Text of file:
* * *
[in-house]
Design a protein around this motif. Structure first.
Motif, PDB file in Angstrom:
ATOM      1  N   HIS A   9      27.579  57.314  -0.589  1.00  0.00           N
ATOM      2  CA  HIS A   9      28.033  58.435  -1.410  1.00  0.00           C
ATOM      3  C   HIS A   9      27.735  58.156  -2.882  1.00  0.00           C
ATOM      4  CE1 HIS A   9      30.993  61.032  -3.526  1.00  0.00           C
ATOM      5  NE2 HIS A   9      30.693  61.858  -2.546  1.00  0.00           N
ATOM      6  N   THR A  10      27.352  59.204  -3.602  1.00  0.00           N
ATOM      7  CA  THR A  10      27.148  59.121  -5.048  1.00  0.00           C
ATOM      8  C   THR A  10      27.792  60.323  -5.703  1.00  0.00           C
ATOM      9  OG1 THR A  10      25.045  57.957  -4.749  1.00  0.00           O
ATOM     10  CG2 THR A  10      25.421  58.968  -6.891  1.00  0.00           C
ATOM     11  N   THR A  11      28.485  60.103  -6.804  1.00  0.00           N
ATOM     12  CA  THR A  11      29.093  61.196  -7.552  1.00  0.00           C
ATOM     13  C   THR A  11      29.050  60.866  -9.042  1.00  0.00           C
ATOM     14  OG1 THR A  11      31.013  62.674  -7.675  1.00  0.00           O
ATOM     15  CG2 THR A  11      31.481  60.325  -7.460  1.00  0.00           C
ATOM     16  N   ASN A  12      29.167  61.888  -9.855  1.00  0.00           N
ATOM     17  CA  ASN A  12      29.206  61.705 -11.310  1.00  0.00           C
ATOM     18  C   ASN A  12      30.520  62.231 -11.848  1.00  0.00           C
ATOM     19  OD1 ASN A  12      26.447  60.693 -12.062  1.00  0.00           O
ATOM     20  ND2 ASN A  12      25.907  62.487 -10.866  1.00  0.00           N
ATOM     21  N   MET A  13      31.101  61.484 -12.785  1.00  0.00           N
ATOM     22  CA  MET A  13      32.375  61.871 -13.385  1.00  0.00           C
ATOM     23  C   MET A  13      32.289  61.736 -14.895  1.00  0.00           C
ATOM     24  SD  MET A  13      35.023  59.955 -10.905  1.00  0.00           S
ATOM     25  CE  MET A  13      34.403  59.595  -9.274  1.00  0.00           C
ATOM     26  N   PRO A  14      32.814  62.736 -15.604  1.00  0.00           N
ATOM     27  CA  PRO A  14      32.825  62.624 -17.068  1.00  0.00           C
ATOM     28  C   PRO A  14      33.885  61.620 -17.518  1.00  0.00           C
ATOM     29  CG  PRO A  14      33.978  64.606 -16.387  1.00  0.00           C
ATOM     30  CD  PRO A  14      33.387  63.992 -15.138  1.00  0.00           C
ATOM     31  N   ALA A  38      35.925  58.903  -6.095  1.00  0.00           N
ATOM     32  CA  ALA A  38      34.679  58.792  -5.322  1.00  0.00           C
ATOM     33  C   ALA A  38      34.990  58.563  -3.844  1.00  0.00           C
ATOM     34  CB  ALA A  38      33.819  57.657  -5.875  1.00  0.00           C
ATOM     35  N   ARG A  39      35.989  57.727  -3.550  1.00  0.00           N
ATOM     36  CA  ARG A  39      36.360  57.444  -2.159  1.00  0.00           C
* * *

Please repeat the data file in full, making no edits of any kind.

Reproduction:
[in-house]
Design a protein around this motif. Structure first.
Motif, PDB file in Angstrom:
ATOM      1  N   HIS A   9      27.579  57.314  -0.589  1.00  0.00           N
ATOM      2  CA  HIS A   9      28.033  58.435  -1.410  1.00  0.00           C
ATOM      3  C   HIS A   9      27.735  58.156  -2.882  1.00  0.00           C
ATOM      4  CE1 HIS A   9      30.993  61.032  -3.526  1.00  0.00           C
ATOM      5  NE2 HIS A   9      30.693  61.858  -2.546  1.00  0.00           N
ATOM      6  N   THR A  10      27.352  59.204  -3.602  1.00  0.00           N
ATOM      7  CA  THR A  10      27.148  59.121  -5.048  1.00  0.00           C
ATOM      8  C   THR A  10      27.792  60.323  -5.703  1.00  0.00           C
ATOM      9  OG1 THR A  10      25.045  57.957  -4.749  1.00  0.00           O
ATOM     10  CG2 THR A  10      25.421  58.968  -6.891  1.00  0.00           C
ATOM     11  N   THR A  11      28.485  60.103  -6.804  1.00  0.00           N
ATOM     12  CA  THR A  11      29.093  61.196  -7.552  1.00  0.00           C
ATOM     13  C   THR A  11      29.050  60.866  -9.042  1.00  0.00           C
ATOM     14  OG1 THR A  11      31.013  62.674  -7.675  1.00  0.00           O
ATOM     15  CG2 THR A  11      31.481  60.325  -7.460  1.00  0.00           C
ATOM     16  N   ASN A  12      29.167  61.888  -9.855  1.00  0.00           N
ATOM     17  CA  ASN A  12      29.206  61.705 -11.310  1.00  0.00           C
ATOM     18  C   ASN A  12      30.520  62.231 -11.848  1.00  0.00           C
ATOM     19  OD1 ASN A  12      26.447  60.693 -12.062  1.00  0.00           O
ATOM     20  ND2 ASN A  12      25.907  62.487 -10.866  1.00  0.00           N
ATOM     21  N   MET A  13      31.101  61.484 -12.785  1.00  0.00           N
ATOM     22  CA  MET A  13      32.375  61.871 -13.385  1.00  0.00           C
ATOM     23  C   MET A  13      32.289  61.736 -14.895  1.00  0.00           C
ATOM     24  SD  MET A  13      35.023  59.955 -10.905  1.00  0.00           S
ATOM     25  CE  MET A  13      34.403  59.595  -9.274  1.00  0.00           C
ATOM     26  N   PRO A  14      32.814  62.736 -15.604  1.00  0.00           N
ATOM     27  CA  PRO A  14      32.825  62.624 -17.068  1.00  0.00           C
ATOM     28  C   PRO A  14      33.885  61.620 -17.518  1.00  0.00           C
ATOM     29  CG  PRO A  14      33.978  64.606 -16.387  1.00  0.00           C
ATOM     30  CD  PRO A  14      33.387  63.992 -15.138  1.00  0.00           C
ATOM     31  N   ALA A  38      35.925  58.903  -6.095  1.00  0.00           N
ATOM     32  CA  ALA A  38      34.679  58.792  -5.322  1.00  0.00           C
ATOM     33  C   ALA A  38      34.990  58.563  -3.844  1.00  0.00           C
ATOM     34  CB  ALA A  38      33.819  57.657  -5.875  1.00  0.00           C
ATOM     35  N   ARG A  39      35.989  57.727  -3.550  1.00  0.00           N
ATOM     36  CA  ARG A  39      36.360  57.444  -2.159  1.00  0.00           C